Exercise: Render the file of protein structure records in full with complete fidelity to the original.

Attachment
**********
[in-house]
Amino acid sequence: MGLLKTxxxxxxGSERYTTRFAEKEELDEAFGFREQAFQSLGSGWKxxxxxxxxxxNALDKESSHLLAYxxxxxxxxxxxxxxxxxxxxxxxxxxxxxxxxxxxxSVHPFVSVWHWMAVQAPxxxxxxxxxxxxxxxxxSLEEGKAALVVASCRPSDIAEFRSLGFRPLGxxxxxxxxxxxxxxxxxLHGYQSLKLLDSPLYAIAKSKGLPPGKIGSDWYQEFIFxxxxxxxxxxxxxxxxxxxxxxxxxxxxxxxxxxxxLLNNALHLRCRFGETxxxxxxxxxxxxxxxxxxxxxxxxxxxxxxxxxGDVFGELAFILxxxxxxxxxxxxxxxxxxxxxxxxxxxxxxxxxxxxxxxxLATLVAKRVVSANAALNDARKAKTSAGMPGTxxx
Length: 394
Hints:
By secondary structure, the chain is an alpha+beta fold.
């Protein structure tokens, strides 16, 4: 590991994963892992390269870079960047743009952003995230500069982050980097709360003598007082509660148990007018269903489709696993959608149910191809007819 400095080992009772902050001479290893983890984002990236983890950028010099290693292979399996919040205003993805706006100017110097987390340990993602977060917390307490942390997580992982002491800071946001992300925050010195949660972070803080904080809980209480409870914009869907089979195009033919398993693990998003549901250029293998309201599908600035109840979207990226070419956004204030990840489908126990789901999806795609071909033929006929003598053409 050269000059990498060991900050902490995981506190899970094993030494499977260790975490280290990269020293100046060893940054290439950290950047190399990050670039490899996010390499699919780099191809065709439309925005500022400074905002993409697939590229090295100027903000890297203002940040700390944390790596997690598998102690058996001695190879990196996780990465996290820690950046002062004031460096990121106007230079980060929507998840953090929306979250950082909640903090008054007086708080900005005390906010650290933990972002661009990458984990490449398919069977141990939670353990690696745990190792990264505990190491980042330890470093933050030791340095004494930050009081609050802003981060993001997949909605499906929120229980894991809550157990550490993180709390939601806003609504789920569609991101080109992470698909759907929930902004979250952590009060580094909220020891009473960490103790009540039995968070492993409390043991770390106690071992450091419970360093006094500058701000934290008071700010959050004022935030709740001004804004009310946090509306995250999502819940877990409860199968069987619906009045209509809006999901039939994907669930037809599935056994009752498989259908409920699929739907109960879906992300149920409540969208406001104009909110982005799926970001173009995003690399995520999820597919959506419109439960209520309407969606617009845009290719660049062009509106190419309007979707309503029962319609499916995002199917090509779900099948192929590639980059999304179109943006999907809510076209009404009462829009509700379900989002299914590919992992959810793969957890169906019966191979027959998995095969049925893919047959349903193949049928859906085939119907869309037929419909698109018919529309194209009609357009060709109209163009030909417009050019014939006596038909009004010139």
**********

[in-house]
Amino acid sequence: MGLLKTxxxxxxGSERYTTRFAEKEELDEAFGFREQAFQSLGSGWKxxxxxxxxxxNALDKESSHLLAYxxxxxxxxxxxxxxxxxxxxxxxxxxxxxxxxxxxxSVHPFVSVWHWMAVQAPxxxxxxxxxxxxxxxxxSLEEGKAALVVASCRPSDIAEFRSLGFRPLGxxxxxxxxxxxxxxxxxLHGYQSLKLLDSPLYAIAKSKGLPPGKIGSDWYQEFIFxxxxxxxxxxxxxxxxxxxxxxxxxxxxxxxxxxxxLLNNALHLRCRFGETxxxxxxxxxxxxxxxxxxxxxxxxxxxxxxxxxGDVFGELAFILxxxxxxxxxxxxxxxxxxxxxxxxxxxxxxxxxxxxxxxxLATLVAKRVVSANAALNDARKAKTSAGMPGTxxx
Length: 394
Hints:
By secondary structure, the chain is an alpha+beta fold.
């Protein structure tokens, strides 16, 4: 590991994963892992390269870079960047743009952003995230500069982050980097709360003598007082509660148990007018269903489709696993959608149910191809007819 400095080992009772902050001479290893983890984002990236983890950028010099290693292979399996919040205003993805706006100017110097987390340990993602977060917390307490942390997580992982002491800071946001992300925050010195949660972070803080904080809980209480409870914009869907089979195009033919398993693990998003549901250029293998309201599908600035109840979207990226070419956004204030990840489908126990789901999806795609071909033929006929003598053409 050269000059990498060991900050902490995981506190899970094993030494499977260790975490280290990269020293100046060893940054290439950290950047190399990050670039490899996010390499699919780099191809065709439309925005500022400074905002993409697939590229090295100027903000890297203002940040700390944390790596997690598998102690058996001695190879990196996780990465996290820690950046002062004031460096990121106007230079980060929507998840953090929306979250950082909640903090008054007086708080900005005390906010650290933990972002661009990458984990490449398919069977141990939670353990690696745990190792990264505990190491980042330890470093933050030791340095004494930050009081609050802003981060993001997949909605499906929120229980894991809550157990550490993180709390939601806003609504789920569609991101080109992470698909759907929930902004979250952590009060580094909220020891009473960490103790009540039995968070492993409390043991770390106690071992450091419970360093006094500058701000934290008071700010959050004022935030709740001004804004009310946090509306995250999502819940877990409860199968069987619906009045209509809006999901039939994907669930037809599935056994009752498989259908409920699929739907109960879906992300149920409540969208406001104009909110982005799926970001173009995003690399995520999820597919959506419109439960209520309407969606617009845009290719660049062009509106190419309007979707309503029962319609499916995002199917090509779900099948192929590639980059999304179109943006999907809510076209009404009462829009509700379900989002299914590919992992959810793969957890169906019966191979027959998995095969049925893919047959349903193949049928859906085939119907869309037929419909698109018919529309194209009609357009060709109209163009030909417009050019014939006596038909009004010139």